The pluralism that exists in Brazilian society and culture provides an extremely valuable opportunity that is clearly difficult in many other parts of the world. People in Brazil have the capacity to see the world from within the shoes of other people.

    In Brazil, where there is an outrageous disparity between rich and poor, talking of closeness is curious. However, most people have the ability to empathize with others who are different because of the sympathy and understanding that exists between them.

    They may be far apart, but the pluralism that permeates society brings them close together. Within Brazilians’ capacity to understand the perspectives of others, and to step in the shoes of those who are different, there exists a tolerant society. It is here where hope lies.

    It is not my intention to propagate the romantic utopian image of Brazilian society that has been transmitted by certain leaders (and foreign observers). Brazil is certainly not a utopia. To emphasize this, let’s take one of Brazil’s many problems as an example; discrimination is present in Brazil and, as in many countries, has deep roots.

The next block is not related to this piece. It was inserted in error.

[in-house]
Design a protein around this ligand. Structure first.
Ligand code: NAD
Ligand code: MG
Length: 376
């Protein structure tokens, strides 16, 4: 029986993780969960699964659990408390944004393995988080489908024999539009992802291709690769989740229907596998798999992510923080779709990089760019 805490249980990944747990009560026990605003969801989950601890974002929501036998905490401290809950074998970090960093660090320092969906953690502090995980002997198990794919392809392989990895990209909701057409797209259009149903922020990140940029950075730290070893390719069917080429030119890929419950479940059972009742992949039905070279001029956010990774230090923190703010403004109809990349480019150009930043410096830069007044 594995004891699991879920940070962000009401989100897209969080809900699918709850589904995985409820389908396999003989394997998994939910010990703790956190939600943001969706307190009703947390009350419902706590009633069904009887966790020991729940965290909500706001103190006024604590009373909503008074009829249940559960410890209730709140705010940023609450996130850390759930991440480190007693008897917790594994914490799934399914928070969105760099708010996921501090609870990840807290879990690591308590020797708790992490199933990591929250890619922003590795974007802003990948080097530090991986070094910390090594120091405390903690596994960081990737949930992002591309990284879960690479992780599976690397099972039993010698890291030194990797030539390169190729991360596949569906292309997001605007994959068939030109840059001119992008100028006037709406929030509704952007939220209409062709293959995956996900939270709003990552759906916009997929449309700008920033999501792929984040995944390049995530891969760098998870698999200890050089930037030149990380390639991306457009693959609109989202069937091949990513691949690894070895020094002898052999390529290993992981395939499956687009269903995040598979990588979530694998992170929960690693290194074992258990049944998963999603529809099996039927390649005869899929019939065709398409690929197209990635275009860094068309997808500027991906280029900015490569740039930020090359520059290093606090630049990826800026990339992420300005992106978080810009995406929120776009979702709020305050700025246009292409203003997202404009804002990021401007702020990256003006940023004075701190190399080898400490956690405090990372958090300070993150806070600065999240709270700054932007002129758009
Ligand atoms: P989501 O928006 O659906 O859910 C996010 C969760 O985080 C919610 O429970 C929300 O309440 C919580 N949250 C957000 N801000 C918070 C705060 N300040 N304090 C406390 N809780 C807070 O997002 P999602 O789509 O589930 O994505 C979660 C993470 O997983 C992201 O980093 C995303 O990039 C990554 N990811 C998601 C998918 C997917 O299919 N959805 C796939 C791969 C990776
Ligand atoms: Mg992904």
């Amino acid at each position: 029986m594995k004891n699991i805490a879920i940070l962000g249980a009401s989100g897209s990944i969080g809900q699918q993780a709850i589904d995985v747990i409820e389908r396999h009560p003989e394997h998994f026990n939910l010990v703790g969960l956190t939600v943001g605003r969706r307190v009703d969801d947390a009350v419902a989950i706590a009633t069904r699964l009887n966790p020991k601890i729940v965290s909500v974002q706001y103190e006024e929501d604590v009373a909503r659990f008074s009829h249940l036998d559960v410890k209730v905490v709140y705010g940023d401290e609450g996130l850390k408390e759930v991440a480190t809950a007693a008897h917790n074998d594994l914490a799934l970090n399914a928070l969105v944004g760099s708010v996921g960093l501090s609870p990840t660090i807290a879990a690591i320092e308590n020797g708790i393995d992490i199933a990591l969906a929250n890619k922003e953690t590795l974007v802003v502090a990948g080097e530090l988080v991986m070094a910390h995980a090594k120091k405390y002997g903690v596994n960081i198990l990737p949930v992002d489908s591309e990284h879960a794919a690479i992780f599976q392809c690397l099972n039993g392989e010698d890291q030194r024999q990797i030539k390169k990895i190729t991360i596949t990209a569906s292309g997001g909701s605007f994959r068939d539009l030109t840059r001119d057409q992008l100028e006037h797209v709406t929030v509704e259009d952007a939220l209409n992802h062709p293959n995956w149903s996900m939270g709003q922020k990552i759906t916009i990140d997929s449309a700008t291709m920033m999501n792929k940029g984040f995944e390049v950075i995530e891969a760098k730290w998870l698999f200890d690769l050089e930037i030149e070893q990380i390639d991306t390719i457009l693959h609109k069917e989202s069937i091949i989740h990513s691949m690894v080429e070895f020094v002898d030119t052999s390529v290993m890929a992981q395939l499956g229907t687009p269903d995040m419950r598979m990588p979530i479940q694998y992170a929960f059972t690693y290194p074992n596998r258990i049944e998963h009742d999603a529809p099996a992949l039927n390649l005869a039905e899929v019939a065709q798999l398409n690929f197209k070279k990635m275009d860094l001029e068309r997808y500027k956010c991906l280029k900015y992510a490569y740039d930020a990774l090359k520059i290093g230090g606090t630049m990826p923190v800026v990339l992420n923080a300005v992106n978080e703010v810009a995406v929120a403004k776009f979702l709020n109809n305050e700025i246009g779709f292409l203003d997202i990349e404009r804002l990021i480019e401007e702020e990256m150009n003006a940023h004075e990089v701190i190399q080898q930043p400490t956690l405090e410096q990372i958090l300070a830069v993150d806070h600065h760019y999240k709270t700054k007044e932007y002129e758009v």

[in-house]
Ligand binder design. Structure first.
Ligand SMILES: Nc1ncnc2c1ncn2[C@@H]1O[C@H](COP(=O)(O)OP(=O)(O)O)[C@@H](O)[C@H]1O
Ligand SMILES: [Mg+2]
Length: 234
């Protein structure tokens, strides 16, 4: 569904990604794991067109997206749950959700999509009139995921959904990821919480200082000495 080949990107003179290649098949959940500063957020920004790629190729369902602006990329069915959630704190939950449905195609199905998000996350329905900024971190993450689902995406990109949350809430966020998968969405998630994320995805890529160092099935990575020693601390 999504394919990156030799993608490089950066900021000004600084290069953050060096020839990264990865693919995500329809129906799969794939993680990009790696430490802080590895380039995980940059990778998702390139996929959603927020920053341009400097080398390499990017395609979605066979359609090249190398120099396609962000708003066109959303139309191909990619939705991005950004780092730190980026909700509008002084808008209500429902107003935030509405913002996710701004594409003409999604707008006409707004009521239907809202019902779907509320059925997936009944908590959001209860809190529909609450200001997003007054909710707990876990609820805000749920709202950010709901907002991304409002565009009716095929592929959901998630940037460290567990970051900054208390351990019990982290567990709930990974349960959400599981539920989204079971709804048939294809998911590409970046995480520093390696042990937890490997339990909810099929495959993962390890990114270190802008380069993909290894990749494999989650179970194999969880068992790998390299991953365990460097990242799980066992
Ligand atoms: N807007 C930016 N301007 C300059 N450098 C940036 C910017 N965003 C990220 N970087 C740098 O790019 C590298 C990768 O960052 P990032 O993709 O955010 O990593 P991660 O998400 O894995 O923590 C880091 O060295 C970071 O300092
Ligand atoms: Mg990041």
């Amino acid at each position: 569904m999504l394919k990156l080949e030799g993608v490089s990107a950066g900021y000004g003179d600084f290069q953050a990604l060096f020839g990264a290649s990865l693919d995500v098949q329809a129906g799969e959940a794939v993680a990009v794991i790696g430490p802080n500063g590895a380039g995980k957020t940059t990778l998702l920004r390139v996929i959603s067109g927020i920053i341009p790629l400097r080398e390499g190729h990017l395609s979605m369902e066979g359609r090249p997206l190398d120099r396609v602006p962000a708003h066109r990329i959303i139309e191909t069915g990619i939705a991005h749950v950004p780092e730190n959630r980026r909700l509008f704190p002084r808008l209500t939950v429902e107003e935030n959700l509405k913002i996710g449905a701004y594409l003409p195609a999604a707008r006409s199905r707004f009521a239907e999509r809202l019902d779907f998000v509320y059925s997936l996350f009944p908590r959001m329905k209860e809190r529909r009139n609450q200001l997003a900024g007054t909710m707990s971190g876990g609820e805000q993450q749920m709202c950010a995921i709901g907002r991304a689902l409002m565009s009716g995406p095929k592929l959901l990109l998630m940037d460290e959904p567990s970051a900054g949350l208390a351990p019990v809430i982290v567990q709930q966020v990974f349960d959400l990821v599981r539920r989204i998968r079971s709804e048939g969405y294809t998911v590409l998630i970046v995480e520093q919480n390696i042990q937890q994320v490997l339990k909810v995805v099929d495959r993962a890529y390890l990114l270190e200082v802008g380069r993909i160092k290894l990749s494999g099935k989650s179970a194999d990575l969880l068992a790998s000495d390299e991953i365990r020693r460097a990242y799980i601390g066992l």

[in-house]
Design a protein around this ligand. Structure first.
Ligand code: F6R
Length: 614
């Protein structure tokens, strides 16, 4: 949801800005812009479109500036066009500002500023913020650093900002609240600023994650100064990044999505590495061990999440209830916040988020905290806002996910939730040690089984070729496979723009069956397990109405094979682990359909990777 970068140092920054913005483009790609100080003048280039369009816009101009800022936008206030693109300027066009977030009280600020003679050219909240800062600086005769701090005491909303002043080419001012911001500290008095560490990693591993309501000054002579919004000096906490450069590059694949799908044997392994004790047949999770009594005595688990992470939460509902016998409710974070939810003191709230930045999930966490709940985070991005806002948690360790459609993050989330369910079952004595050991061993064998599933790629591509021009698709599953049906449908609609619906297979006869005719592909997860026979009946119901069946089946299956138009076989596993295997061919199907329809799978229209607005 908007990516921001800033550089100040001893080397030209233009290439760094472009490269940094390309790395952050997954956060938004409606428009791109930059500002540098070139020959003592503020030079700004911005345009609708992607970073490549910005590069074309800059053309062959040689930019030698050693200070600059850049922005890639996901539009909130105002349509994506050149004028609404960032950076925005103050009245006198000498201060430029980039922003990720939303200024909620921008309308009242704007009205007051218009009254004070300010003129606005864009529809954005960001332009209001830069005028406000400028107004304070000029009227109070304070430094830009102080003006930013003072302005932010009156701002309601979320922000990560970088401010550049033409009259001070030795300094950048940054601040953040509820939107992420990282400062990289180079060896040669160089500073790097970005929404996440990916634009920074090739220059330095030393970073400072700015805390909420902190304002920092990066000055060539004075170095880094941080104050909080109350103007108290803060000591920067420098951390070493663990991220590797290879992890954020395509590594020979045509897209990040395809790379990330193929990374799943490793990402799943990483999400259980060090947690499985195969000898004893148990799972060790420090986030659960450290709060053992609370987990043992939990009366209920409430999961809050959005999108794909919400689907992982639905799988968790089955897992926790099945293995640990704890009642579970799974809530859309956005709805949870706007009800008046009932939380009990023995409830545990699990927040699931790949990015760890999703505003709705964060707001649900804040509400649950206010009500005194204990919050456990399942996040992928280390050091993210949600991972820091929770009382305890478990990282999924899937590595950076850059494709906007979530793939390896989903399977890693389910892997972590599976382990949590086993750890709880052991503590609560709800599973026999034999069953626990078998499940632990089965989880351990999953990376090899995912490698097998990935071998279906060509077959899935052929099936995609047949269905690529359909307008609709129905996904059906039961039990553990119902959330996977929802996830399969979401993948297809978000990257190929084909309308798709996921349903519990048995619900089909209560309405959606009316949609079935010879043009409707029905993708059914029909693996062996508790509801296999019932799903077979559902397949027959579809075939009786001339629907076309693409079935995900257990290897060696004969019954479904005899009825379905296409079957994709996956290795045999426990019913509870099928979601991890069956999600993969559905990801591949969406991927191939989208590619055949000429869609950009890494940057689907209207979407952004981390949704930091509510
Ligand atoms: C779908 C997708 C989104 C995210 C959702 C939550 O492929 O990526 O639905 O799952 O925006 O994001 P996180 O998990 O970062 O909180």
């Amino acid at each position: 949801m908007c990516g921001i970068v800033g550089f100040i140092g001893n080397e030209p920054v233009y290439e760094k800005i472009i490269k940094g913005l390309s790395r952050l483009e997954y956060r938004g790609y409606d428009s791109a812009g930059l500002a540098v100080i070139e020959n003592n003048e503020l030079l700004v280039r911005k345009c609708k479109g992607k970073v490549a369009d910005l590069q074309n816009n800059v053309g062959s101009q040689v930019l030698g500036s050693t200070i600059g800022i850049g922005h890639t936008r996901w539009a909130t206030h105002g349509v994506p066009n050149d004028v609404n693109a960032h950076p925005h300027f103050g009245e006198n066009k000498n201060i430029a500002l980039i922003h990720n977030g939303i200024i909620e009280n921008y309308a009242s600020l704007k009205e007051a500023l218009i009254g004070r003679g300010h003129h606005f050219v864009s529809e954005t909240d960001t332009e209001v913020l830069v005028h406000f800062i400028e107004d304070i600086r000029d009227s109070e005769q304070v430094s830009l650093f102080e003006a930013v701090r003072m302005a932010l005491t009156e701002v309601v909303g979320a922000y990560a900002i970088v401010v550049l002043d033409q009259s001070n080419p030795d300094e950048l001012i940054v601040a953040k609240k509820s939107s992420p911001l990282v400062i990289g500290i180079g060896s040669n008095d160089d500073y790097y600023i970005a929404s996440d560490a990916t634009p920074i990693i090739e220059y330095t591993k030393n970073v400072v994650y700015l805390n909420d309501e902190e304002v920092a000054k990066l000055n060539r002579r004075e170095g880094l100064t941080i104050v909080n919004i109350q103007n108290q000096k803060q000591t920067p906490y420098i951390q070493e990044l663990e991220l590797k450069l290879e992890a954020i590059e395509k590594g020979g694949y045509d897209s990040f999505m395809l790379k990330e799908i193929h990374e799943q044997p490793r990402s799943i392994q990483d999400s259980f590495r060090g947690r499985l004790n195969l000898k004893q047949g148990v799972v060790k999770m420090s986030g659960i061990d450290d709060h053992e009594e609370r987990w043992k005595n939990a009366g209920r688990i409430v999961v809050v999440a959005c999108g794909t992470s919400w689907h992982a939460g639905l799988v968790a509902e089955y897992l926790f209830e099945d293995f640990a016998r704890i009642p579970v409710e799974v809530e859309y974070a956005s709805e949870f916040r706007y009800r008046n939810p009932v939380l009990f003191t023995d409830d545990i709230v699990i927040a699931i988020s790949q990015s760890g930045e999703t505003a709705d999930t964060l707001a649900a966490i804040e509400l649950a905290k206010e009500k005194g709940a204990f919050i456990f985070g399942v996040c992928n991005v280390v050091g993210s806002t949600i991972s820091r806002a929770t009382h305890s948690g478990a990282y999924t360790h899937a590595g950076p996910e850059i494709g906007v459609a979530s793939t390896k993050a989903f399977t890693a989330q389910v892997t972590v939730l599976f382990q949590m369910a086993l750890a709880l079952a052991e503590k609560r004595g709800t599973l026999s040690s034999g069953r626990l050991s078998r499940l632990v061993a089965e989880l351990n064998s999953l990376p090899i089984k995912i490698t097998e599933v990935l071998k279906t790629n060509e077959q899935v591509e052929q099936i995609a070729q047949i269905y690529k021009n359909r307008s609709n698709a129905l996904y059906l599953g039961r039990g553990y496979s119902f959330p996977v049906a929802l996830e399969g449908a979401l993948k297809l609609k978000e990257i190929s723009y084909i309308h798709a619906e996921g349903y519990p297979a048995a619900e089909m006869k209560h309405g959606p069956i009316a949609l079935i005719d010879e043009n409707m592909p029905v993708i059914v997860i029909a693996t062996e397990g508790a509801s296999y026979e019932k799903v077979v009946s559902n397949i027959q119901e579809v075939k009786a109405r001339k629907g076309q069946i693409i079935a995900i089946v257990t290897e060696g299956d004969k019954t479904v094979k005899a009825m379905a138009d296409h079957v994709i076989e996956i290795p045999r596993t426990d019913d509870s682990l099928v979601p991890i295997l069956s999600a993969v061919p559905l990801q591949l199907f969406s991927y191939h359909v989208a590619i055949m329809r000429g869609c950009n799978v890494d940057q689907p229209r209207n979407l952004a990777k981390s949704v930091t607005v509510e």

It certainly does exist, but, different from other countries, it is almost exclusively based on a fear of violence and crime. It is not fueled by fear of cultural, racial, religious, etc. blending or contamination, as it is in many places in the world.

    In a paradoxical expression of Brazilian pluralism, one of the country’s biggest problems emerges. Pluralism creates the foundation for understanding, and understanding stands the basis for tolerance in any society. In spite of this, the tolerance that exists in Brazil is regularly blamed for Brazil’s greatest shortfalls. This is very ironic.

    Corruption within the political class has almost permanently curtailed progressive hopes for change and optimism about the future of Brazil. Corruption and unaccountability seem to be something that Brazilians have always lived with and have always tolerated.